In 1987 Hal, along with a few others formed Trailwrights, www.trailwrights.org, a committed group of hiking enthusiasts who work in Massachusetts, Vermont and of course New Hampshire rebuilding trails and building new ones. It is a unique group in that it is an educational and trail maintenance organization collaborating with other groups such as the Wonalancet Outdoor Club, the Appalachian Trail Conservancy, NH Audubon and many others, including state agencies.

In addition to his love of trail building, Hal along with his wife Peggy are avid and experienced hikers, having been trip leaders for the AMC, hiking throughout the US and climbing the highest summits in most of the continental U.S. In addition Hal mans the Belknap Fire Tower during the summer months. He has stated several times over the course of the last two years that he would like to step down from the President's position of BRATTS, but remain on the Trail Crew (those doing the heavy trail work). Hal is BRATTS and typifies the spirit and soul of the organization. I think he'll be with us a long time and if you see him or any other the trail maintainers doing their work, please give them a huge smile and a few words of appreciation for the work they do in keeping the trails safe and fun to hike.

If you're interested in becoming a member of BRATTS or learning more about the organization go to www.facebook.com/BelknapRangeTrailTenders
BRATTS will also be holding a trail maintenance workshop on Saturday, July 18. If interested you can call 286-3506.

Last Updated on Wednesday, 15 July 2015 06:10

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Jim Hightower - Why a New Jersey puffer fish shouldn't be president

When Mitt Romney's campaign was investigating potential choices to be his 2012 running mate, they gave each prospect a fish-themed code name, such as Lake Fish, Filet-O-Fish, etc. Their name for New Jersey Gov. Chris Christie, a tireless self-promoter known for his bloated ego, was Puffer Fish.

The Romneyites determined that the prima donna governor was wholly unqualified to be America's vice president, but the rejection didn't deflate Christie's puffed-up self-esteem one dot, and he has continued to brag, bluster and bully his way into national politics. Having convinced at least himself that he's the can-do, big-idea, forceful leader America needs, the Jersey guv is now offering to be our president and has become No. 14 on the Republican presidential dance card! How exciting is that?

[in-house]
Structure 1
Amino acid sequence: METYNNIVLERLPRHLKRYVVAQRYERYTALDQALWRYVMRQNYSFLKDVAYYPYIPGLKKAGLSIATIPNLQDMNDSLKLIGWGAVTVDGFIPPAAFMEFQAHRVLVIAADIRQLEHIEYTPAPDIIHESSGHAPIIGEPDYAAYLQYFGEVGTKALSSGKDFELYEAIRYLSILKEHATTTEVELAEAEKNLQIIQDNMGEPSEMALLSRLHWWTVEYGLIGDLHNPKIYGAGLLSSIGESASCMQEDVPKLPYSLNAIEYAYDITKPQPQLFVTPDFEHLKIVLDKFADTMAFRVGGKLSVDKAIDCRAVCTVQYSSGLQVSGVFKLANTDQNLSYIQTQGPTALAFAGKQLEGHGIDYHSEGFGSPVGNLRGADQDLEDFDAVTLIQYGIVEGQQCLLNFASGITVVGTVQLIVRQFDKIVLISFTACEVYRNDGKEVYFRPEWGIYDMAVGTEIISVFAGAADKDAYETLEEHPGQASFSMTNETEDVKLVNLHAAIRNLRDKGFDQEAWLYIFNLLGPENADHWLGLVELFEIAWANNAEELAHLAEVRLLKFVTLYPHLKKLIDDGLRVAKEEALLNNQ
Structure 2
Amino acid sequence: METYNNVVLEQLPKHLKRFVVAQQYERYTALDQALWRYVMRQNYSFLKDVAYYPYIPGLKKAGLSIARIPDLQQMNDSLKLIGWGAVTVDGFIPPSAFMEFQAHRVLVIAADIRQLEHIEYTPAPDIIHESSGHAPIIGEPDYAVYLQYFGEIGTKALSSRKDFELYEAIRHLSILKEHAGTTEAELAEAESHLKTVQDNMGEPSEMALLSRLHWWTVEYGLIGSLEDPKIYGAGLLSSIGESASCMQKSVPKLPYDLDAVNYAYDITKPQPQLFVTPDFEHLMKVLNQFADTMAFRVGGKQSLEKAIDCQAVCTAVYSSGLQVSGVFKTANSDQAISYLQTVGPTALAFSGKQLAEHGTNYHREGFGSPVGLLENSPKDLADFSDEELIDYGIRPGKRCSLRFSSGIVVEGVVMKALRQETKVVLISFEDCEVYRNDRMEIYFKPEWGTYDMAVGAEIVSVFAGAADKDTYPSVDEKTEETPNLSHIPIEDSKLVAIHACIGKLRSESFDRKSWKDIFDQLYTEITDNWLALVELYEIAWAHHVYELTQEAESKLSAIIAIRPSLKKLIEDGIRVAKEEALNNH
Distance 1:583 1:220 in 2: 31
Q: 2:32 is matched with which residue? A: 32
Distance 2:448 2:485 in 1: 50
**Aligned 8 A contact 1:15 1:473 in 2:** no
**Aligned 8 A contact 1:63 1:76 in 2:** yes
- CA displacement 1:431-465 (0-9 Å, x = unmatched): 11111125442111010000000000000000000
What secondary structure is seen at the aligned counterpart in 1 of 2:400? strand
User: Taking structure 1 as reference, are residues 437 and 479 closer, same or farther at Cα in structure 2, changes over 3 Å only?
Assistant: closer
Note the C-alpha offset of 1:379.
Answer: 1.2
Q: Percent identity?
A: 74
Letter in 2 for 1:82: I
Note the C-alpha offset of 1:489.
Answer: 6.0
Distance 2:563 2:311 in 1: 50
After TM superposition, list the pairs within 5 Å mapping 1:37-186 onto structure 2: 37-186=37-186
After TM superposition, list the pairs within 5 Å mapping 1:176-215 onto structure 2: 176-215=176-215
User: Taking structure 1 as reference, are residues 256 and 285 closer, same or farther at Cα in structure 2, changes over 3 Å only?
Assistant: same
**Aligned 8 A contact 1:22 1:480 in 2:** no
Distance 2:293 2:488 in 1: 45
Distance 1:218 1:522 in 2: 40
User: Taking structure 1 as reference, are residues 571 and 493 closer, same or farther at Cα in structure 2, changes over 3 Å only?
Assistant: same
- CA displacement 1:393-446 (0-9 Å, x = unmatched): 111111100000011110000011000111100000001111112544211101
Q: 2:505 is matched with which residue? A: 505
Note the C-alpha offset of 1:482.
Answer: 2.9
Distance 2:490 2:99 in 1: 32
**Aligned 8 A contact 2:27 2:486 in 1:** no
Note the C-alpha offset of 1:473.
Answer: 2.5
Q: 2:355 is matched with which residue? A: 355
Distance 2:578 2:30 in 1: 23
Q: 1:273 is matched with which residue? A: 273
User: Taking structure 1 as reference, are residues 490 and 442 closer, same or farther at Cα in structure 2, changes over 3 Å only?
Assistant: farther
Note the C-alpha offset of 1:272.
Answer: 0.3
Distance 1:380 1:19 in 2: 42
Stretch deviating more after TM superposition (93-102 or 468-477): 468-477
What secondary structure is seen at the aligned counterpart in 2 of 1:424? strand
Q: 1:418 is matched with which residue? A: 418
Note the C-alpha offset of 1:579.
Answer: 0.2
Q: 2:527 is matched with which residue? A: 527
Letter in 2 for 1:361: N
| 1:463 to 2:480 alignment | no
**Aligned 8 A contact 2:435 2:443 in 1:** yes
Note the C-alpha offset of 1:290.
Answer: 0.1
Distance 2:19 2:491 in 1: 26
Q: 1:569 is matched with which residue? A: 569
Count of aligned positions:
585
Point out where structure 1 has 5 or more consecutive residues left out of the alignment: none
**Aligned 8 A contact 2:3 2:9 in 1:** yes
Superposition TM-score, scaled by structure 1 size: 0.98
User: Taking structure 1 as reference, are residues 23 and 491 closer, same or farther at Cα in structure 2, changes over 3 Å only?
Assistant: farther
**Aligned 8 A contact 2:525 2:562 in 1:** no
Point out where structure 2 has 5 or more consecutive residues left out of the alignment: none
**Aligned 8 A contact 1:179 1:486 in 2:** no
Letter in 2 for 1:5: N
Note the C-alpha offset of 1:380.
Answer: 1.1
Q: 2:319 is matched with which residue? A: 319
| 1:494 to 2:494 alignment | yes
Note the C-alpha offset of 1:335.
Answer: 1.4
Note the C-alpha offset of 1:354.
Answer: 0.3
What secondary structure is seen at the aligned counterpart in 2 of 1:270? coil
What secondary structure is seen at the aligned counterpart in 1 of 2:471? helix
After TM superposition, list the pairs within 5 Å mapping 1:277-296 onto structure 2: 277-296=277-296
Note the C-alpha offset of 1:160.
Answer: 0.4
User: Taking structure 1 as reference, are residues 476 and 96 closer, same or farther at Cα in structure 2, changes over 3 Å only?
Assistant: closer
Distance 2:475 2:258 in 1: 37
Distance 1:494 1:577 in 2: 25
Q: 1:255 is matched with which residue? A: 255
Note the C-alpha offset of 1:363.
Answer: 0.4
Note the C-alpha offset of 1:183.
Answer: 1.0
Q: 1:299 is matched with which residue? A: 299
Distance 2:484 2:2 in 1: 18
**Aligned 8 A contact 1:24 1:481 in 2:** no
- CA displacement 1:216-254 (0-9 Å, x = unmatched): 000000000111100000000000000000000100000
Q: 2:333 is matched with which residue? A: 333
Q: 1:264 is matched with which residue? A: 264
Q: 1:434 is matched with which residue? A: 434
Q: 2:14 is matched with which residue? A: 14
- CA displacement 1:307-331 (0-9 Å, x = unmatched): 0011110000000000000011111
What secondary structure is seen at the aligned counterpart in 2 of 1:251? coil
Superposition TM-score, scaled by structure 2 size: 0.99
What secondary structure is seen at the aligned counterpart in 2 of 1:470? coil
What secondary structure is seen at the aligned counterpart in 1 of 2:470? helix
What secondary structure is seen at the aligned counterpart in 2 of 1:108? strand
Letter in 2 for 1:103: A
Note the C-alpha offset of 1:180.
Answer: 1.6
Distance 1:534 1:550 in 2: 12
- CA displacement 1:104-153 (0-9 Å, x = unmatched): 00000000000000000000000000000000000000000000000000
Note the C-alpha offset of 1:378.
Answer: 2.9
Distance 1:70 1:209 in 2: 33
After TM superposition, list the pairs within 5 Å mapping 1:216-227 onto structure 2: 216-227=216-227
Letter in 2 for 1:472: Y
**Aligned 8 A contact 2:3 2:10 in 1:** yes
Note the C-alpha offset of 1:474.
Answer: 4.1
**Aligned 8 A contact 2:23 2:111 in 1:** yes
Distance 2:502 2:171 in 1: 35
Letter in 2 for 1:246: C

Before accepting, however, you might check with one group of voters who are less than enchanted: the people of New Jersey. With a moribund economy, a state budget mess, a growing pension crisis, the state infrastructure crumbling and his own office caught in a web of scandals, Christie is not faring well with the homefolk, earning a sorry 30 percent approval rating, with most voters saying they dislike "everything about him."

Nationwide, only Donnie Trump is rated lower than Christie by Republican primary voters. But he has found one friend — Maine Gov. Paul LePage has enthusiastically endorsed him! Problem is, LePage is even more insufferable and insolent than Christie, so arrogant and autocratic that he's even alienated fellow Republicans in Maine and is now threatened with impeachment.

Still, if anything, the Puffer Fish's ego is puffier than ever. Asked on Fox News why 65 percent of New Jersey voters say he'd make a poor president and shouldn't run, the vainglorious governor actually said: "They want me to stay. Don't leave to run for president, because we want you to stay."
It's one thing for a politician to say that, but — far scarier — Christie is so out of touch with reality that he actually believes it!

The Big Man from New Jersey entered the race with all the chutzpah and hullaballoo that marked his five and a half years as governor of the Garden State, promising to be a truth-telling leader: "There is one thing you will know for sure," he roared in his announcement speech. "I say what I mean and mean what I say."